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Medial collateral ligament autografts have increased creep response for at least two years and early immobilization makes this worse

Journal of Orthopaedic Research
Wiley Blackwell (John Wiley & Sons)
Publication Date
DOI: 10.1016/s0736-0266(01)00100-0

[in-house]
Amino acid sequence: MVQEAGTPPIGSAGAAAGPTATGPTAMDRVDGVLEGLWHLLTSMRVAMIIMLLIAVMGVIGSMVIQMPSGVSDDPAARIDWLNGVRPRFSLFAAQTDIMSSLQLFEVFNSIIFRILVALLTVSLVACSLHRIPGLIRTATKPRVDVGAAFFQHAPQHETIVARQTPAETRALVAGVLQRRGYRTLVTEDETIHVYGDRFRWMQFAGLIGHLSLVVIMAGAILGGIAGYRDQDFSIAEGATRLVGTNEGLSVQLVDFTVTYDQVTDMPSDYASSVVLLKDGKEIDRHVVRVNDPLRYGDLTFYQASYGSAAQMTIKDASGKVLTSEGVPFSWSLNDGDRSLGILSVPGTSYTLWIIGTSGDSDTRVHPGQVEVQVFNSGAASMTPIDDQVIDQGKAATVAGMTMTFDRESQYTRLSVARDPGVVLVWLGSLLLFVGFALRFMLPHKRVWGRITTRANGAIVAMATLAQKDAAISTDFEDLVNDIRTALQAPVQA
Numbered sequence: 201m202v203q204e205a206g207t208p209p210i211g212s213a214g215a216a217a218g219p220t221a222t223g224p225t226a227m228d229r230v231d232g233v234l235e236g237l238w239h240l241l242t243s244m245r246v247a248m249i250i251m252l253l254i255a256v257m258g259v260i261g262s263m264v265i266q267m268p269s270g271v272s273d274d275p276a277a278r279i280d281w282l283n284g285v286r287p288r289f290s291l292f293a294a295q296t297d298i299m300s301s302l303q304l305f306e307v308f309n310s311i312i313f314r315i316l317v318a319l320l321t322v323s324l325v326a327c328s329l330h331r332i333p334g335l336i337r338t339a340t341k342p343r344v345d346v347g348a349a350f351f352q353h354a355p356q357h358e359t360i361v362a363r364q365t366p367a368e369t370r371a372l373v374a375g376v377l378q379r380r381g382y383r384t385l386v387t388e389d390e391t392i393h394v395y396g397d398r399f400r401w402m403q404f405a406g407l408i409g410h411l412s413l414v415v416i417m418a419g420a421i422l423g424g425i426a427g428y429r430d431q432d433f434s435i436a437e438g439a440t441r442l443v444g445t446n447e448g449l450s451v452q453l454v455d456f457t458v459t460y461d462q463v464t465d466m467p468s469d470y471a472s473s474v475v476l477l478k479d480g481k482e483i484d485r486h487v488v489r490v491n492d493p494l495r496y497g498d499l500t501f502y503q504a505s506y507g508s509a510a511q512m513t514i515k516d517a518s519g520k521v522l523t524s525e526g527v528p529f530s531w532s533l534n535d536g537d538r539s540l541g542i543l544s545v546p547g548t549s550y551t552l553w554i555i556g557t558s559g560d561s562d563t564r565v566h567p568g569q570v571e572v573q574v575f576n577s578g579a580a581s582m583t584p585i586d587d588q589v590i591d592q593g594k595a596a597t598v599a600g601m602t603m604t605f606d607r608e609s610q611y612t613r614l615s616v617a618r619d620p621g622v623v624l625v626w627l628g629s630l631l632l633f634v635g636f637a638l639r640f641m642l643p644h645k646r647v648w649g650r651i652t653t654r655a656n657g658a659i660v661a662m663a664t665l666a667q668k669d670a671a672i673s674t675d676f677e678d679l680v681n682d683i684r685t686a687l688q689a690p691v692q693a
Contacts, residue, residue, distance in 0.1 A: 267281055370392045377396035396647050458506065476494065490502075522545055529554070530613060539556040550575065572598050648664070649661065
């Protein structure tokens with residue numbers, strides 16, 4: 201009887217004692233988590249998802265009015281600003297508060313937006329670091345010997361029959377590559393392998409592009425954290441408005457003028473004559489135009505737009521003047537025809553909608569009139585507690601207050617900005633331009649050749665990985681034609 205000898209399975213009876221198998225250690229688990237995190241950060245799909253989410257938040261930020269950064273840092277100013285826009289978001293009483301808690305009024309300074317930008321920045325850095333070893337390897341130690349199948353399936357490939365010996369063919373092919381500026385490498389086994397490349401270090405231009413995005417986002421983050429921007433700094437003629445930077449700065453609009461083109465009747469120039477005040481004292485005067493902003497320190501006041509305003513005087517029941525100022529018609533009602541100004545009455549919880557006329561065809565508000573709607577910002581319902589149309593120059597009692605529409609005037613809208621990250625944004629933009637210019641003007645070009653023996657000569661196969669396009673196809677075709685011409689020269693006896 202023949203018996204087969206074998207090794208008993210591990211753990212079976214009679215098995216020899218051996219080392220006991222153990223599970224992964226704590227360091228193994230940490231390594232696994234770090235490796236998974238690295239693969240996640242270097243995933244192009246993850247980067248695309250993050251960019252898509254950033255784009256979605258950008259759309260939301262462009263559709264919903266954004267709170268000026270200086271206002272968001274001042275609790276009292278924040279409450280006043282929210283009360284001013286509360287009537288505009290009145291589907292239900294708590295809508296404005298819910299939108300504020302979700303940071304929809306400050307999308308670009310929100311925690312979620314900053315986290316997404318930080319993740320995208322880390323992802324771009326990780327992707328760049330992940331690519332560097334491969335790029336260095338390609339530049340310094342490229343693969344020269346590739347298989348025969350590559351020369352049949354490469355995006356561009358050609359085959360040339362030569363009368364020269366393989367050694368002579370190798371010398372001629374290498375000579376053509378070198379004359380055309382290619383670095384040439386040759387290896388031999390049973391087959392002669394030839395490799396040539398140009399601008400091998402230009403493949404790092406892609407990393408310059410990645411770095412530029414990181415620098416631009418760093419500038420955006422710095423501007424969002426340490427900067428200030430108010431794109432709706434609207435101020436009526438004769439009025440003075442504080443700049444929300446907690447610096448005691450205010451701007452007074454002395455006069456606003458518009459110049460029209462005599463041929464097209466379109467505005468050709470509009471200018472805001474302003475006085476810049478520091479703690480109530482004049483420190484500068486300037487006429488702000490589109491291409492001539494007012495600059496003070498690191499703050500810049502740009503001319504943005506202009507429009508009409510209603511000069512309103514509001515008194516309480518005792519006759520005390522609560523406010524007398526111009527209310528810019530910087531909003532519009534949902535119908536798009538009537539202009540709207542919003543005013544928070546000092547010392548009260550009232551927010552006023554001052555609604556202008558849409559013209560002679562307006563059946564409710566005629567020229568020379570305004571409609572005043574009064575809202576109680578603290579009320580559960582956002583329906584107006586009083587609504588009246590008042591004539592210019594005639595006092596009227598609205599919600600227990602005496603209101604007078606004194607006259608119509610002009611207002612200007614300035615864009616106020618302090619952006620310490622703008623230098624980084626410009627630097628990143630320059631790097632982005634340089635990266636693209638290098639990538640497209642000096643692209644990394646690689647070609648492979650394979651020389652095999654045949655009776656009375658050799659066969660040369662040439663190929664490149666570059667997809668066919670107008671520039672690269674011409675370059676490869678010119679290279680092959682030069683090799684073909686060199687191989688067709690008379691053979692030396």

Abstract Recent evidence has shown that 10–40% of knee joints reconstructed with soft-tissue autografts have a recurrence of abnormal joint laxity over time. One possible explanation is the “stretching out” (or unrecovered creep) of the graft tissue. To test in vitro creep and creep recovery of fresh anatomic ligament autografts in an extra-articular environment, 16 rabbits underwent an orthotopic medial collateral ligament (MCL) autograft procedure to one hindlimb. Three subgroups of animals had either unrestricted cage activity for 1 year ( n=5) or 2 years ( n=5) or pin-immobilization for the first 6 weeks followed by cage activity for the remainder of 1 year ( n=6). Following laxity measurements, to test their creep response, isolated MCL grafts were cyclically and then statically creep tested in vitro at 4.1 MPa, allowed to recover at zero load for 20 min, and finally elongated to failure. Due to differences in cross-sectional area between the grafts and normal MCLs, two normal control groups were tested: stress-matched tested at 4.1 MPa (16.2 N; n=7) and force-matched tested at 29.1 N (7.1 MPa; n=6). Ligament grafts had normal laxity but significantly increased creep and decreased creep recovery compared to normal MCLs after 1 and 2 years of healing ( p<0.0004). Graft failure stress was also significantly less than normal ( p<0.0001). Immobilized grafts had significantly greater creep compared to non-immobilized grafts at 1 year of healing ( p<0.05). These results support previous observations concerning material inferiority of fresh anatomic rabbit MCL autografts, but add the concept that such grafts also have increased potential to creep with either slower or incomplete recovery when subjected to low stresses in vitro. Joint and ligament laxities in situ were normal in this model, however, suggesting either that in vivo MCL graft stresses are lower than those used here in vitro or that these tissues have other mechanisms by which they can recover their functional length in vivo.

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